## Random Walks

The simulation of random walks provides an illustrative application of utilizing array operations. Let’s first consider a simple random walk starting at 0 with steps of 1 and –1 occurring with equal probability.
Here is a pure Python way to implement a single random walk with 1,000 steps using the built-in random module:

In [1]: import random
position = 0
walk = [position]
steps = 1000
for i in range(steps):
step = 1 if random.randint(0, 1) else -1
position += step
walk.append(position)
In [2]: plt.plot(walk[:100])
Output: [<matplotlib.lines.Line2D at 0x1fc267f9520>]

You might make the observation that walk is simply the cumulative sum of the random steps and could be evaluated as an array expression. Thus, I use the np.random module to draw 1,000 coin flips at once, set these to 1 and –1, and compute the cumulative sum:

In [3]: nsteps = 1000
In [4]: draws = np.random.randint(0, 2, size=nsteps)
In [5]: steps = np.where(draws > 0, 1, -1)
In [6]: walk = steps.cumsum()

From this we can begin to extract statistics like the minimum and maximum value along the walk’s trajectory:

In [7]: walk.min()
Output: -9
In [8]: walk.max()
Output: 60

A more complicated statistic is the first crossing time, the step at which the random walk reaches a particular value. Here we might want to know how long it took the random walk to get at least 10 steps away from the origin 0 in either direction. np.abs(walk) >= 10 gives us a boolean array indicating where the walk has reached or exceeded 10, but we want the index of the first 10 or –10. Turns out, we can compute this using argmax, which returns the first index of the maximum value in the boolean array (True is the maximum value):

In [9]: (np.abs(walk) >= 10).argmax()
Output: 297

Note that using argmax here is not always efficient because it always makes a full scan of the array. In this special case, once a True is observed we know it to be the maximum value.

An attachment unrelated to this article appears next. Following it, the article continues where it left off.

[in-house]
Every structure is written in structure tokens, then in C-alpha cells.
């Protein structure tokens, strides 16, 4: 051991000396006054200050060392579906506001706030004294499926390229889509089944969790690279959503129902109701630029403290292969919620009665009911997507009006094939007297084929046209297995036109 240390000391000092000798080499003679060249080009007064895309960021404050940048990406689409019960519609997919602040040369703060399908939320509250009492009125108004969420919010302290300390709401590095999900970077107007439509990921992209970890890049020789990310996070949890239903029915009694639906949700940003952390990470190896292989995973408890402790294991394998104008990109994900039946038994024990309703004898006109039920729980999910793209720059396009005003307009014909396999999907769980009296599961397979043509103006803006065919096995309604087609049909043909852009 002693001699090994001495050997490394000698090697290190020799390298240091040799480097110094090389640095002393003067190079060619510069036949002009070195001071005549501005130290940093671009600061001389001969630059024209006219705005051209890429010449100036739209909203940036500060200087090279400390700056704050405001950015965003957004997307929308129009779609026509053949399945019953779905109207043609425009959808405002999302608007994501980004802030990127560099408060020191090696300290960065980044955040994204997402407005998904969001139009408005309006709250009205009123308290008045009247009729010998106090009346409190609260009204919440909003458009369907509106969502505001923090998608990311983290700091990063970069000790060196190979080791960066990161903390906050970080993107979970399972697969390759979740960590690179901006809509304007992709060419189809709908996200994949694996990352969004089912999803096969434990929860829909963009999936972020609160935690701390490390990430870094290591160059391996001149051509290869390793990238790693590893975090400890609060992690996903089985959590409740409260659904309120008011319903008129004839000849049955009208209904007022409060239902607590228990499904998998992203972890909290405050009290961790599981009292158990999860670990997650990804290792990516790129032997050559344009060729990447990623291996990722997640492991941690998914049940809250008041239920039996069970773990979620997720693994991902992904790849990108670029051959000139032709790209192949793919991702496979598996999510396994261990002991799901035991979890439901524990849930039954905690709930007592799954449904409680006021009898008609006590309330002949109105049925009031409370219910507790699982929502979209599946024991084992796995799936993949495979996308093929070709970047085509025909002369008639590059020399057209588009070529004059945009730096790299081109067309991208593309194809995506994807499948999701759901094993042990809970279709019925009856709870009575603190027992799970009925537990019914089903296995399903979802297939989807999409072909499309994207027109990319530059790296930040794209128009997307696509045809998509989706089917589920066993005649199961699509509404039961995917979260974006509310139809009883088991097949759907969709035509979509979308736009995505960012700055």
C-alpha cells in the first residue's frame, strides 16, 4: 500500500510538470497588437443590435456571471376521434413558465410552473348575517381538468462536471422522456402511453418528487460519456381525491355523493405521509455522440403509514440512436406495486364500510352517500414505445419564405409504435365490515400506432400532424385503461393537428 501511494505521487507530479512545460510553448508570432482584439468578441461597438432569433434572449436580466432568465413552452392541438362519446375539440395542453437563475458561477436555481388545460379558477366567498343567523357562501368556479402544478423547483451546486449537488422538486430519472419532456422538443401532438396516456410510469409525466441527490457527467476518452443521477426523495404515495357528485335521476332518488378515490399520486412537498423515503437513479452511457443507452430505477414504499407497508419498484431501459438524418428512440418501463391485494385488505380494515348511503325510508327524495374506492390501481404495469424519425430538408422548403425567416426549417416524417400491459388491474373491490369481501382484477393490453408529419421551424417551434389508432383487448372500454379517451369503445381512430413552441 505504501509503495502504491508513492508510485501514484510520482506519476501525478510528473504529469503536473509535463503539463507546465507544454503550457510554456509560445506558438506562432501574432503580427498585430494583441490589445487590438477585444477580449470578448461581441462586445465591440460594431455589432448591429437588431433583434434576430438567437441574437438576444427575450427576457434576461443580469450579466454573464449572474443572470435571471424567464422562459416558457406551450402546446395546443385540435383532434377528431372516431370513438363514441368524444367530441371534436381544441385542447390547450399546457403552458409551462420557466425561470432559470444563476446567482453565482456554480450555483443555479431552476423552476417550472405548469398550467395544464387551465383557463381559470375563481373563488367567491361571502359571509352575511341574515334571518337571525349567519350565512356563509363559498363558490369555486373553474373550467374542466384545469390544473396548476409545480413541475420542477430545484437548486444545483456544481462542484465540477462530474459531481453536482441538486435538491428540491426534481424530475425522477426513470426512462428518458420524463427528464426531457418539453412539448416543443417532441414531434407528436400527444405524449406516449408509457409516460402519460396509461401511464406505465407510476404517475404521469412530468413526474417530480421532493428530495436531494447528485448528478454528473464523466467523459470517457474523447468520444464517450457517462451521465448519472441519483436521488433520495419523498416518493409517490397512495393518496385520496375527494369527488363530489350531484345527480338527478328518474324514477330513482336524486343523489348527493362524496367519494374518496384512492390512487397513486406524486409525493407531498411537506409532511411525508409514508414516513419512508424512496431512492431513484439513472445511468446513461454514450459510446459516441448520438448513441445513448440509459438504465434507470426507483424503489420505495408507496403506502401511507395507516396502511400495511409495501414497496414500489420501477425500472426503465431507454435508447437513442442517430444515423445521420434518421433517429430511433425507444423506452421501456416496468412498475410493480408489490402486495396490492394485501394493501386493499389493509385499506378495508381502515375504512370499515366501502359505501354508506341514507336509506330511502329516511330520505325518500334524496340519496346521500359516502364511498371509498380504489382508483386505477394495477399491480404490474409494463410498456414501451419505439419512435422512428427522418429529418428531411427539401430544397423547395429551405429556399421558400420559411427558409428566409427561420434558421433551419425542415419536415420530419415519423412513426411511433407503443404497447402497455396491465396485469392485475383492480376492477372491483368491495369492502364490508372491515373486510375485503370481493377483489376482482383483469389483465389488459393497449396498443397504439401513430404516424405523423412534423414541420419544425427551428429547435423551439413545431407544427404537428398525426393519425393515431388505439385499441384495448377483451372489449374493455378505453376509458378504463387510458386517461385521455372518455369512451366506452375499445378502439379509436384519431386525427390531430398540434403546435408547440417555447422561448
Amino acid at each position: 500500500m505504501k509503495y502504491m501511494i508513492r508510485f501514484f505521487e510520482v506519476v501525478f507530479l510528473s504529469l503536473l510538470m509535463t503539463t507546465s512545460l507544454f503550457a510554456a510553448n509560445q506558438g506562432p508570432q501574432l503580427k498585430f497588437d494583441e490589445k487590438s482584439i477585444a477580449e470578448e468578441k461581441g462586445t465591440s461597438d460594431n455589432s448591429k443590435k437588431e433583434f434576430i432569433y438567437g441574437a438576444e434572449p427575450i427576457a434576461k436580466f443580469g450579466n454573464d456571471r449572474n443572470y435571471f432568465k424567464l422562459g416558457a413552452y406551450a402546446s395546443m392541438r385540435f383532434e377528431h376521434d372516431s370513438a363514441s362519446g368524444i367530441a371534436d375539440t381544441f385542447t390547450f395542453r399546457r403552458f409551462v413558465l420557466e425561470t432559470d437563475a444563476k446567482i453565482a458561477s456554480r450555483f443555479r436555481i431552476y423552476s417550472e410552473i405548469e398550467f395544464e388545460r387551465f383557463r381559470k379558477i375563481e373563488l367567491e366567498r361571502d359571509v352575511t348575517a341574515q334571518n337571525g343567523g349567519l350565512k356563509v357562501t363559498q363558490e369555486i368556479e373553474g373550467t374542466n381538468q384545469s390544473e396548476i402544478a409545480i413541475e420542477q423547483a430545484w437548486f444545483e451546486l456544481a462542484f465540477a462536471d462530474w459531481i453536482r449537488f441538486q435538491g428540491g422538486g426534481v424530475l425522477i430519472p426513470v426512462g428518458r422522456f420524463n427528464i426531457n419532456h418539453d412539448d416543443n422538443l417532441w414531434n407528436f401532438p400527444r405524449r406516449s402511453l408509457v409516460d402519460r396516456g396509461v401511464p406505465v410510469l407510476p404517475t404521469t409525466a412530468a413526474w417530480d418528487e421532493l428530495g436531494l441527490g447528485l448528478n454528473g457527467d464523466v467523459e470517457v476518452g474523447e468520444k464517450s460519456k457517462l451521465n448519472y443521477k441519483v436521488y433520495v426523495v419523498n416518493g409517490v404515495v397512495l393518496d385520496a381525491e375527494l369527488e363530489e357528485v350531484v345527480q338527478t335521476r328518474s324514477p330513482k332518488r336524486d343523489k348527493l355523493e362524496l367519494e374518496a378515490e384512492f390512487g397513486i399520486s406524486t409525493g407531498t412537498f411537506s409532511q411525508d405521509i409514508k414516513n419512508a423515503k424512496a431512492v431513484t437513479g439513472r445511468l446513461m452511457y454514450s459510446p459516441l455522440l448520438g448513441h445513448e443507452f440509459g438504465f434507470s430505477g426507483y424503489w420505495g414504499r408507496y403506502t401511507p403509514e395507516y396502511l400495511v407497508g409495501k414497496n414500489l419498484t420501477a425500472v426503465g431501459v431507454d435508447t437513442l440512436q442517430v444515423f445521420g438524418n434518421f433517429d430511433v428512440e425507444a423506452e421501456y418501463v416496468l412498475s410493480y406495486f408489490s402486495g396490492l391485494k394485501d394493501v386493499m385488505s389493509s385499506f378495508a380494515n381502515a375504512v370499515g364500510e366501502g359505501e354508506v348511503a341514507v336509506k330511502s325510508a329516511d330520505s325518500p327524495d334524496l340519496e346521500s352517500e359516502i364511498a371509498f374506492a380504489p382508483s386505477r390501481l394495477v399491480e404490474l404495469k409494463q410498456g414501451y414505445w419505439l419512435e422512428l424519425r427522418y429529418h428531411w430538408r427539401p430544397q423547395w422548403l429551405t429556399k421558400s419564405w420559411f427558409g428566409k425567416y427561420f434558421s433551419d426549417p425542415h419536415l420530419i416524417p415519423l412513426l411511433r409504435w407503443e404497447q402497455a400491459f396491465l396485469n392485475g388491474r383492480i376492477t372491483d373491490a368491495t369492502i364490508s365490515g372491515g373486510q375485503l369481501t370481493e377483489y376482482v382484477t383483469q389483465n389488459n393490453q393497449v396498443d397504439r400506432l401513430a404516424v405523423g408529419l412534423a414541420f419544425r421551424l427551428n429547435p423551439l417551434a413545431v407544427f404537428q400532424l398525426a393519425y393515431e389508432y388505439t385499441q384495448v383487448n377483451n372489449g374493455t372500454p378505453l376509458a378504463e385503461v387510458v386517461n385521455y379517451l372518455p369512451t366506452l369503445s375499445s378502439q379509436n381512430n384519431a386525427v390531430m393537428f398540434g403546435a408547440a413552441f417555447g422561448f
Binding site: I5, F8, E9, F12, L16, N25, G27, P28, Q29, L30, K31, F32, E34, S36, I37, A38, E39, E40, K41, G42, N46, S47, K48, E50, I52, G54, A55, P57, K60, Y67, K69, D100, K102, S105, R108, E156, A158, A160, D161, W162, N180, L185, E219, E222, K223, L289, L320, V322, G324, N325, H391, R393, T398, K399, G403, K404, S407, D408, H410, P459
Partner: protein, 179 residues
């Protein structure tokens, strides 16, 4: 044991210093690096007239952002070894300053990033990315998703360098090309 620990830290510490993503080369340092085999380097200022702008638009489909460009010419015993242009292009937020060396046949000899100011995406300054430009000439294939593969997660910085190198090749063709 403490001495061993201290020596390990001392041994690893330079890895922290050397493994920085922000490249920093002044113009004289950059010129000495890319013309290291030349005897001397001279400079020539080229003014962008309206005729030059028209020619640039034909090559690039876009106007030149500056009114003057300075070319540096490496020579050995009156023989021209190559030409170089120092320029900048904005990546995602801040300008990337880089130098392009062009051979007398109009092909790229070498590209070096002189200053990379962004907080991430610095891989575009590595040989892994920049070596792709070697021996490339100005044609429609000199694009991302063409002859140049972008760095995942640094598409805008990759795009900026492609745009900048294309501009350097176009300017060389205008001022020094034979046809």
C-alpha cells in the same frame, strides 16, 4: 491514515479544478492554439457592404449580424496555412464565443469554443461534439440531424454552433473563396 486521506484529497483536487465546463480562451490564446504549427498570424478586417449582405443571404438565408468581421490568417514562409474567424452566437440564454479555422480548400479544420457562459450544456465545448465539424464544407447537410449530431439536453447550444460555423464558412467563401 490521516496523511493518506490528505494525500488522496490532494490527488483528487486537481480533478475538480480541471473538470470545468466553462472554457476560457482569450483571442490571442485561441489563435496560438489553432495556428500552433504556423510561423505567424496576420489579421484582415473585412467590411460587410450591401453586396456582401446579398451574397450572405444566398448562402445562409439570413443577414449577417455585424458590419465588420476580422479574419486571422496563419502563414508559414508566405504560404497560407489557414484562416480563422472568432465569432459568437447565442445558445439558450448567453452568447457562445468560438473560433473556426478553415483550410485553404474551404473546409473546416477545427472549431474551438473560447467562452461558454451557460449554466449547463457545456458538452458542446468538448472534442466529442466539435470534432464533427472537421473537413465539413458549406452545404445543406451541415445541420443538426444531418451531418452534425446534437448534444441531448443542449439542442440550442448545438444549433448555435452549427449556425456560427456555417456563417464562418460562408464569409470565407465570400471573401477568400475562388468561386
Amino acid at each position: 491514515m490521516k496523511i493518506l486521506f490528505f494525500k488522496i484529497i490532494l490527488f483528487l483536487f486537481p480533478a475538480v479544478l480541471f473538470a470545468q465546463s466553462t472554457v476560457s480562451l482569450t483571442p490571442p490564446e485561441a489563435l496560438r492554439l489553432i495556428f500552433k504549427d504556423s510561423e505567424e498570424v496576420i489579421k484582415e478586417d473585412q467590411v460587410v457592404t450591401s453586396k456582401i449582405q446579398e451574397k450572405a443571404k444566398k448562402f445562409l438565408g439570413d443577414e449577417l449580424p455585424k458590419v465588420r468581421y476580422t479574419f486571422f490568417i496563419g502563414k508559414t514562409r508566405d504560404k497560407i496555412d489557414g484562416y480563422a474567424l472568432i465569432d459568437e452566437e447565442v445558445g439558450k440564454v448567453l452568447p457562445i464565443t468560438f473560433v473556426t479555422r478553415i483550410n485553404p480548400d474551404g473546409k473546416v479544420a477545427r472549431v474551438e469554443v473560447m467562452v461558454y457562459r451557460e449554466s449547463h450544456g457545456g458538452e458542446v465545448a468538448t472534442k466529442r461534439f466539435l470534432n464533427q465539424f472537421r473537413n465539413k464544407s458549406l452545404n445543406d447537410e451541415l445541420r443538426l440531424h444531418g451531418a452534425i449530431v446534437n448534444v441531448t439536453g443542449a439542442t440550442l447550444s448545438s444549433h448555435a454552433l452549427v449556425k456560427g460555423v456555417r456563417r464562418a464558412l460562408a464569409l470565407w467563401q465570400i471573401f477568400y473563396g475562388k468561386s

## Simulating Many Random Walks at Once

If your goal was to simulate many random walks, say 5,000 of them, you can generate all of the random walks with minor modifications to the preceding code. If passed a 2-tuple, the numpy.random functions will generate a two-dimensional array of draws, and we can compute the cumulative sum across the rows to compute all 5,000 random walks in one shot:

In [10]: nwalks = 5000
In [11]: nsteps = 1000
In [12]: draws = np.random.randint(0, 2, size=(nwalks, nsteps)) # 0 or 1
In [13]: steps = np.where(draws > 0, 1, -1)
In [14]: walks = steps.cumsum(1)
In [15]: walks
Output: array([[  1,   2,   3, ...,  46,  47,  46],
[  1,   0,   1, ...,  40,  41,  42],
[  1,   2,   3, ..., -26, -27, -28],
...,
[  1,   0,   1, ...,  64,  65,  66],
[  1,   2,   1, ...,   2,   1,   0],
[ -1,  -2,  -3, ...,  32,  33,  34]], dtype=int32)

Now, we can compute the maximum and minimum values obtained over all of the walks:

In [11]: walks.max()
Output: 122
In [12]: walks.min()
Output: -128

Out of these walks, let’s compute the minimum crossing time to 30 or –30. This is slightly tricky because not all 5,000 of them reach 30. We can check this using the any method:

In [13]: hits30 = (np.abs(walks) >= 30).any(1)
In [14]: hits30
Output: array([ True,  True,  True, ...,  True, False,  True])
In [14]: hits30.sum()
Output: 3368

We can use this boolean array to select out the rows of walks that actually cross the absolute 30 level and call argmax across axis 1 to get the crossing times:


In [15]: crossing_times = (np.abs(walks[hits30]) >= 30).argmax(1)
In [16]: crossing_times.mean()
Output: 509.99762470308787


Feel free to experiment with other distributions for the steps other than equal-sized coin flips. You need only use a different random number generation function, like normal to generate normally distributed steps with some mean and standard deviation:

In [18]: steps = np.random.normal(loc=0, scale=0.25,
size=(nwalks, nsteps))